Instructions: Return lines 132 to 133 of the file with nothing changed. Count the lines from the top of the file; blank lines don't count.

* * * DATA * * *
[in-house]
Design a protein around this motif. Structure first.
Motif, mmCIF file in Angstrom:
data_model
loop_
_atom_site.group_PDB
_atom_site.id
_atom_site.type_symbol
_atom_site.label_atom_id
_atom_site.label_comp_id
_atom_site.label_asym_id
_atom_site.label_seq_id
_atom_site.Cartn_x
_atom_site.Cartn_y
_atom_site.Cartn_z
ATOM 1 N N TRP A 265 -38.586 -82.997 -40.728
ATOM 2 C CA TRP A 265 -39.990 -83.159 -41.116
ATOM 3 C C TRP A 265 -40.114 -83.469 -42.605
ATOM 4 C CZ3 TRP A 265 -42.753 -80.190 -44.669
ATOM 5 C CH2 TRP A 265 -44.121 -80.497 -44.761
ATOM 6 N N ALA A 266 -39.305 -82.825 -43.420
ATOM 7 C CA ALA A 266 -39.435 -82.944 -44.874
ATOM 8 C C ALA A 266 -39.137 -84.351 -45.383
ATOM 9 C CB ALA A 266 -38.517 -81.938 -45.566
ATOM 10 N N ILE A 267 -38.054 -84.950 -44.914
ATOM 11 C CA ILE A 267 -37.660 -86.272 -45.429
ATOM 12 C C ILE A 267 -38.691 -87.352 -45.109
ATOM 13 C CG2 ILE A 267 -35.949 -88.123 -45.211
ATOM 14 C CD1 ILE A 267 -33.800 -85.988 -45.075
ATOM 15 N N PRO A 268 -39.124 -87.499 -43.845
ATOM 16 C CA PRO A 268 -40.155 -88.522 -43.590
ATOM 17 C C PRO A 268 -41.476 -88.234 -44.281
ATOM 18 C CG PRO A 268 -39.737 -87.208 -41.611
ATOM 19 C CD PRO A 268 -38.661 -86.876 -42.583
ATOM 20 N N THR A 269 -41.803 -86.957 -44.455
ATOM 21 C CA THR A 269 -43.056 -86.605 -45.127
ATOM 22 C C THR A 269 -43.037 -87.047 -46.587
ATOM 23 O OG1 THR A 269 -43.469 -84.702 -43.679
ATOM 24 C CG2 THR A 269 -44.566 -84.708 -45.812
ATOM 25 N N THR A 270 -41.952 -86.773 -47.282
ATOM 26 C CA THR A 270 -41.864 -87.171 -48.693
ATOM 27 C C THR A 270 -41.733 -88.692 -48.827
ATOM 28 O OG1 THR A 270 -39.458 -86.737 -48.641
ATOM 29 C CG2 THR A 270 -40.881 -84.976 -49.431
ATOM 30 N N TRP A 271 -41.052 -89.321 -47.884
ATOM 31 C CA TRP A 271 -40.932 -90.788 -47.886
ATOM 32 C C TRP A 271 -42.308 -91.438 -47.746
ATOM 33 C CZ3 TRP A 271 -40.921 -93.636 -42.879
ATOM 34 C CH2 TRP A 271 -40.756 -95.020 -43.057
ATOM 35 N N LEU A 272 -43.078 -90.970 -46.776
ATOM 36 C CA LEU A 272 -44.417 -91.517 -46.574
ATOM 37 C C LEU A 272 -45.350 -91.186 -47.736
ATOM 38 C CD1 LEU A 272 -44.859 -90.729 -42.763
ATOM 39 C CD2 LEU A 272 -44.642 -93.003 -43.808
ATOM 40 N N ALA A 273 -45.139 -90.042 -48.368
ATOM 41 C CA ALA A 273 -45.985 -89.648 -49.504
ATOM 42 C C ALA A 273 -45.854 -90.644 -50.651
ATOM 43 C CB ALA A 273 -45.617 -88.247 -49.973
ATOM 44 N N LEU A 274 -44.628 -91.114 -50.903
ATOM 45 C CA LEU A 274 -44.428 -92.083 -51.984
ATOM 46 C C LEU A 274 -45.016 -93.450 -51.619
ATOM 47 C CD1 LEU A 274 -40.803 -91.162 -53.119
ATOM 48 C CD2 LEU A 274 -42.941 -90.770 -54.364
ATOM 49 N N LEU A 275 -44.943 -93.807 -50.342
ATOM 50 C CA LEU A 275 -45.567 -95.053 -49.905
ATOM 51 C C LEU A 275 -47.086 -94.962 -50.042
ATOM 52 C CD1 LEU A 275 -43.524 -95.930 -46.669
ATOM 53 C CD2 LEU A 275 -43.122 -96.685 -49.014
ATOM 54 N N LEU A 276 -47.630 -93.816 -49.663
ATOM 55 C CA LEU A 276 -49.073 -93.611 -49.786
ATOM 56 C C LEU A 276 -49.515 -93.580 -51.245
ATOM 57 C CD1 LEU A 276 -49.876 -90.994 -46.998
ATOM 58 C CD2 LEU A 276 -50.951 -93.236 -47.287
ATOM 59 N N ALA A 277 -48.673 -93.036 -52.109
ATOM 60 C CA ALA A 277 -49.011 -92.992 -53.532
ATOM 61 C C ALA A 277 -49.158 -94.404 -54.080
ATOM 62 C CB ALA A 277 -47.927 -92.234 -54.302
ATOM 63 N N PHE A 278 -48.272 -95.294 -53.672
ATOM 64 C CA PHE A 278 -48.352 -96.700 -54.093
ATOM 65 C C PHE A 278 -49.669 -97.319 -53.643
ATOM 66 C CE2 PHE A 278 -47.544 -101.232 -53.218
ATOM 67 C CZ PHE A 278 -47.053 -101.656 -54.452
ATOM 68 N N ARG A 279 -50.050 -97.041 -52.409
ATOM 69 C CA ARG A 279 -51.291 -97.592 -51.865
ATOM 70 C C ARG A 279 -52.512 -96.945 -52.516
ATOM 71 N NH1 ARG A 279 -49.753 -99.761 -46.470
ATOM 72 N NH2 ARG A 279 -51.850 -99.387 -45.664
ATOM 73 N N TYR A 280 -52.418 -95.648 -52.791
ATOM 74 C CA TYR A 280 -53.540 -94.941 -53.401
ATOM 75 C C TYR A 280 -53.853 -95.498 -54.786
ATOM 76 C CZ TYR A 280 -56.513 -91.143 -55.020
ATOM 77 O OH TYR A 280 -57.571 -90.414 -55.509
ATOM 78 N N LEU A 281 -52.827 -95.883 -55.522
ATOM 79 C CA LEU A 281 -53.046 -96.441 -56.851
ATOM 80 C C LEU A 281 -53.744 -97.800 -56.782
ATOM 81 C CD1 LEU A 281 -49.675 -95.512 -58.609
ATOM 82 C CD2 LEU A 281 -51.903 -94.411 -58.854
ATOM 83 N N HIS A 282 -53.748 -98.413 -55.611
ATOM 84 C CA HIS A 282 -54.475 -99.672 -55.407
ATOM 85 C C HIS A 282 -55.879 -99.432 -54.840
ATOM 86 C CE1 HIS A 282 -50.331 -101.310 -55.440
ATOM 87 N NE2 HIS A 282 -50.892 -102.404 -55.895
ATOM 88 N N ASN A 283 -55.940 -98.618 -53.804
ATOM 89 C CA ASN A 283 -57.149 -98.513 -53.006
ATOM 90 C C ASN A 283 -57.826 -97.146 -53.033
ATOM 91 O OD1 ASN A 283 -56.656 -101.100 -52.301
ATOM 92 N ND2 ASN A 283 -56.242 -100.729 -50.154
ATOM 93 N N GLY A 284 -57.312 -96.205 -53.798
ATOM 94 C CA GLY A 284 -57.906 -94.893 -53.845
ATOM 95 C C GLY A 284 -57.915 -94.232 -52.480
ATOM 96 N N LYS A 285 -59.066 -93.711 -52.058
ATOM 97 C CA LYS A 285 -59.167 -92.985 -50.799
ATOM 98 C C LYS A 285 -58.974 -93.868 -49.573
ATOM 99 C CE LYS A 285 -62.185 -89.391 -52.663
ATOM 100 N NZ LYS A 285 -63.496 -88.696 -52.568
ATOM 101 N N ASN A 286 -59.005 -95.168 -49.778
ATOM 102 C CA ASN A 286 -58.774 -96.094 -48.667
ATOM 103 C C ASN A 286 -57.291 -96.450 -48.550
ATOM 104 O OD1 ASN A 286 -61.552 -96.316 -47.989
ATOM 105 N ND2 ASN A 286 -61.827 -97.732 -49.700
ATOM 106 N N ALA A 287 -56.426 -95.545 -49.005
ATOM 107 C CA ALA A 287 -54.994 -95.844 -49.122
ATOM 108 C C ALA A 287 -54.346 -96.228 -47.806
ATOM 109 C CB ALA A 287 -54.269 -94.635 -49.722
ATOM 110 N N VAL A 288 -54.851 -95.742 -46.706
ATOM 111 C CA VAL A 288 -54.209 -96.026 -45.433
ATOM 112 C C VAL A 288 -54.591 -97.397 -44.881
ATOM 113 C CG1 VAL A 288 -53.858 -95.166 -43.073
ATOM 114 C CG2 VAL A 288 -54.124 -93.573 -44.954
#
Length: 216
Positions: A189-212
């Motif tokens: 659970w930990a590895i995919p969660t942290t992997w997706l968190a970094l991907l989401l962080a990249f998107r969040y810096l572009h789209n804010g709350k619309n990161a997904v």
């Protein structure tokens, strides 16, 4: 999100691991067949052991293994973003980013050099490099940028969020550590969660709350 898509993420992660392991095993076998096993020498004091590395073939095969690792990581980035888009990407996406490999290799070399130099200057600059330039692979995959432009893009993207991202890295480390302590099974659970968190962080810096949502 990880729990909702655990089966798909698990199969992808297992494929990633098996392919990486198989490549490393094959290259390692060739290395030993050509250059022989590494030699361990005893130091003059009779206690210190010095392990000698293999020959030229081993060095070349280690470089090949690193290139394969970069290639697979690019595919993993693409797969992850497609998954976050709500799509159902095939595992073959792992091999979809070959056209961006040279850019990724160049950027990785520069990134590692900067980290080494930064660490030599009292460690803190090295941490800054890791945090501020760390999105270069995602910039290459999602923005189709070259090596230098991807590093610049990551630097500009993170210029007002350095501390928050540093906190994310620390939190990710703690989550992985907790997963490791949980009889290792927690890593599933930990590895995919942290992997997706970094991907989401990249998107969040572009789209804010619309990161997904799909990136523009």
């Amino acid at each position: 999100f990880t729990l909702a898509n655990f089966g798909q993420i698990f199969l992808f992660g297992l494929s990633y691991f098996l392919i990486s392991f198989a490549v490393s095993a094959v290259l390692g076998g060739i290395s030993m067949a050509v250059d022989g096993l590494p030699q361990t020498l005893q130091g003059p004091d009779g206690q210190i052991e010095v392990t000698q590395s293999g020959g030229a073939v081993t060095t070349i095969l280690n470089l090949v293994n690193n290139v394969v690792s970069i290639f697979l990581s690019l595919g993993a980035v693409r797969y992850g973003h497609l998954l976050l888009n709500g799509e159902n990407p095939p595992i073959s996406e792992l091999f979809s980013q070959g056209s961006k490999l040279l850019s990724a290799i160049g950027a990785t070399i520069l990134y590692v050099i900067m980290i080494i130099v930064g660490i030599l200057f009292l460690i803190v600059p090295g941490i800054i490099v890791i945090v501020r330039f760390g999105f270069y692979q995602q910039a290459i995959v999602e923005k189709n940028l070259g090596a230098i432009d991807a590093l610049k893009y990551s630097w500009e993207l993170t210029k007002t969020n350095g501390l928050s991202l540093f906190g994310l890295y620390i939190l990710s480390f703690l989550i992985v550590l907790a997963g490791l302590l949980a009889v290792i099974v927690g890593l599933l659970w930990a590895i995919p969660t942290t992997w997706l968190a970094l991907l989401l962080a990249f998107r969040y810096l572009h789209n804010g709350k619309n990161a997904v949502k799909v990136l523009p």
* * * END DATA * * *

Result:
Positions: A189-212
């Motif tokens: 659970w930990a590895i995919p969660t942290t992997w997706l968190a970094l991907l989401l962080a990249f998107r969040y810096l572009h789209n804010g709350k619309n990161a997904v």